Campus Access Only
All rights reserved. This publication is intended for use solely by faculty, students, and staff of University of the Pacific. No part of this publication may be reproduced, distributed, or transmitted in any form or by any means, now known or later developed, including but not limited to photocopying, recording, or other electronic or mechanical methods, without the prior written permission of the author or the publisher.
Date of Award
Thesis - Pacific Access Restricted
Master of Science (M.S.)
Pharmaceutical and Chemical Sciences
First Committee Member
Second Committee Member
Third Committee Member
The thesis describes utilizing mass spectrometry and computational methods to study two groups of molecular systems: small organic molecules and oligopeptides. The gas-phase acidities were measured and the structures of the molecular species were calculated. The small molecules investigated included methylparaben, ibuprofen, and triclosan, all known to have some biological activity. The gas-phase acidity measurements made for these small molecules had the solvent and collisional gas pressures adjusted in order to observe their potential influences. The results obtained provide insight into the ion chemistry of these molecules and how the energetics may change the observed behavior of the ion as well as the resulting thermochemical properties measured. The oligopeptides studied were a family of tri-peptides in which a cysteine probe was placed within an alanine backbone. The cysteine probe was either in the L- or D- configuration in order to detect any fundamental differences among the diastereotopic peptides. Compared to the L-cysteine isomers, the D-cysteine peptides appear to display a change in gas-phase behavior and their respective dissociation profiles. These changes may have an implication of altering the biochemical properties when chirality changes in biological systems.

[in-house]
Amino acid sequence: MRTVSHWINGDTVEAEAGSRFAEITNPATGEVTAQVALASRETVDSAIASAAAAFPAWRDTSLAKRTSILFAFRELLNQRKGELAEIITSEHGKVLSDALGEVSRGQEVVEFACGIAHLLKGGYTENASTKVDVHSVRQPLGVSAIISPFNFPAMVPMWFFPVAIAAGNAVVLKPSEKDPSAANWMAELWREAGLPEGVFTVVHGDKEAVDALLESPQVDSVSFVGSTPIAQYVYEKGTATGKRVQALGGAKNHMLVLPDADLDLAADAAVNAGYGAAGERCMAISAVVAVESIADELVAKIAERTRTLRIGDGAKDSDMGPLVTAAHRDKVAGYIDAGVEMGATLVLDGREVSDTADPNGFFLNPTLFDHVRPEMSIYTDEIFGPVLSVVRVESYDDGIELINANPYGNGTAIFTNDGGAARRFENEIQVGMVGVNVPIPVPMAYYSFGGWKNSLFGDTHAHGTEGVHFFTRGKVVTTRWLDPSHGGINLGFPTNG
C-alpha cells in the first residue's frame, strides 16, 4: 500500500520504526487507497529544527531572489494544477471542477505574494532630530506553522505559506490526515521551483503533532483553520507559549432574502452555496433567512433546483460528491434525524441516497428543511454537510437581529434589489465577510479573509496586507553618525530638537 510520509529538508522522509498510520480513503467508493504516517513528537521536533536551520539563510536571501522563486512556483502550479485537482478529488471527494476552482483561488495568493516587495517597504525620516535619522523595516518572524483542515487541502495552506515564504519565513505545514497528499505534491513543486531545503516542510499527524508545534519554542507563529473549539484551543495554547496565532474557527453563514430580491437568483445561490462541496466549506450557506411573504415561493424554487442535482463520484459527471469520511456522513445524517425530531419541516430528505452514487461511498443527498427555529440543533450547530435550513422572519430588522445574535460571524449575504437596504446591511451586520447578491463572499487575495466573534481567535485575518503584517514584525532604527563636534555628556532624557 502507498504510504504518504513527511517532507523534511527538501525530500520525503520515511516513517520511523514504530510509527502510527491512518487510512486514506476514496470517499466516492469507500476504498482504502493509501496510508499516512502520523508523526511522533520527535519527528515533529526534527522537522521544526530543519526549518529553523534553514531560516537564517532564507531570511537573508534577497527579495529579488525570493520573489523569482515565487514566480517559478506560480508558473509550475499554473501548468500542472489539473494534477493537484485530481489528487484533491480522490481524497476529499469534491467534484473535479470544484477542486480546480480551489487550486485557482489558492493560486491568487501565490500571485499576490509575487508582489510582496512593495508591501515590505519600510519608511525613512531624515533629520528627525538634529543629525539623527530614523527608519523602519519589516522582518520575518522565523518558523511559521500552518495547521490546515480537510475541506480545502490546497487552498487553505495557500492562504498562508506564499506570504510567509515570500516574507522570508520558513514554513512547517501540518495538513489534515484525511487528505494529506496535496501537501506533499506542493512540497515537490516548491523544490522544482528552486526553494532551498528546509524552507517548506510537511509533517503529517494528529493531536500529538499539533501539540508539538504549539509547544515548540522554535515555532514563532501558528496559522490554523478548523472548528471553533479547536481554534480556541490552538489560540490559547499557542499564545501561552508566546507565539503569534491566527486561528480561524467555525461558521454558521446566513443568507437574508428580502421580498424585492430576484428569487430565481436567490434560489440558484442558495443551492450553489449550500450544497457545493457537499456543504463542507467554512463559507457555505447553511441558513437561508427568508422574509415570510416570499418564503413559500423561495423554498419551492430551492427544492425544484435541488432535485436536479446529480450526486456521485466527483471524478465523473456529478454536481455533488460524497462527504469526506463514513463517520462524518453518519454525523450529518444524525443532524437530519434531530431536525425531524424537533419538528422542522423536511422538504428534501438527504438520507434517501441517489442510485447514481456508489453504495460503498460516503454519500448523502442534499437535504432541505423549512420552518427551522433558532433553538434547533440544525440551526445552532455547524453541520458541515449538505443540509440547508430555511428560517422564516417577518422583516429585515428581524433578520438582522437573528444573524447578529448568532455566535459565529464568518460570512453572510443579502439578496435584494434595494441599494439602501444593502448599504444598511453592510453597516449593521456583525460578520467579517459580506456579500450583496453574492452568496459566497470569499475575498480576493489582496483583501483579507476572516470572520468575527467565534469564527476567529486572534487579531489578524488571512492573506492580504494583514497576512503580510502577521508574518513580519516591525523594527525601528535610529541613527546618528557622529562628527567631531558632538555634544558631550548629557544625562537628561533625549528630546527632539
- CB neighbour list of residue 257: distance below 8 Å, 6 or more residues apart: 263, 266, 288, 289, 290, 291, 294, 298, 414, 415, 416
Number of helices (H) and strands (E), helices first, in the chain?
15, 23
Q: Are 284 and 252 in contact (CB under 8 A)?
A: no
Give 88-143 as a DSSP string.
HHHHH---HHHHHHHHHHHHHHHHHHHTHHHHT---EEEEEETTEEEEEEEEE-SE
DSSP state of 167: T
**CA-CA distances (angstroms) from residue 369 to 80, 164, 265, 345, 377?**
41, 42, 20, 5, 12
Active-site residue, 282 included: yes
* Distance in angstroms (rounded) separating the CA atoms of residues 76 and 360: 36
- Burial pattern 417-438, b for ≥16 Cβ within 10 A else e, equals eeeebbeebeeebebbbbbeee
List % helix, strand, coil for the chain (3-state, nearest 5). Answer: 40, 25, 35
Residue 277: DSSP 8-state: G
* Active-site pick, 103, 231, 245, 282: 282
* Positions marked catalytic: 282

Buen, Zachary. (2016). Establishment of gas-phase thermochemical values of various small organic compounds and oligopeptides. University of the Pacific, Thesis - Pacific Access Restricted. https://scholarlycommons.pacific.edu/uop_etds/262
Creative Commons License
This work is licensed under a Creative Commons Attribution-NonCommercial-No Derivative Works 4.0 International License.
To access this thesis/dissertation you must have a valid pacific.edu email address and log-in to Scholarly Commons.Find in ProQuest
If you are the author and would like to grant permission to make your work openly accessible, please email
In Copyright. URI: http://rightsstatements.org/vocab/InC/1.0/
This Item is protected by copyright and/or related rights. You are free to use this Item in any way that is permitted by the copyright and related rights legislation that applies to your use. For other uses you need to obtain permission from the rights-holder(s).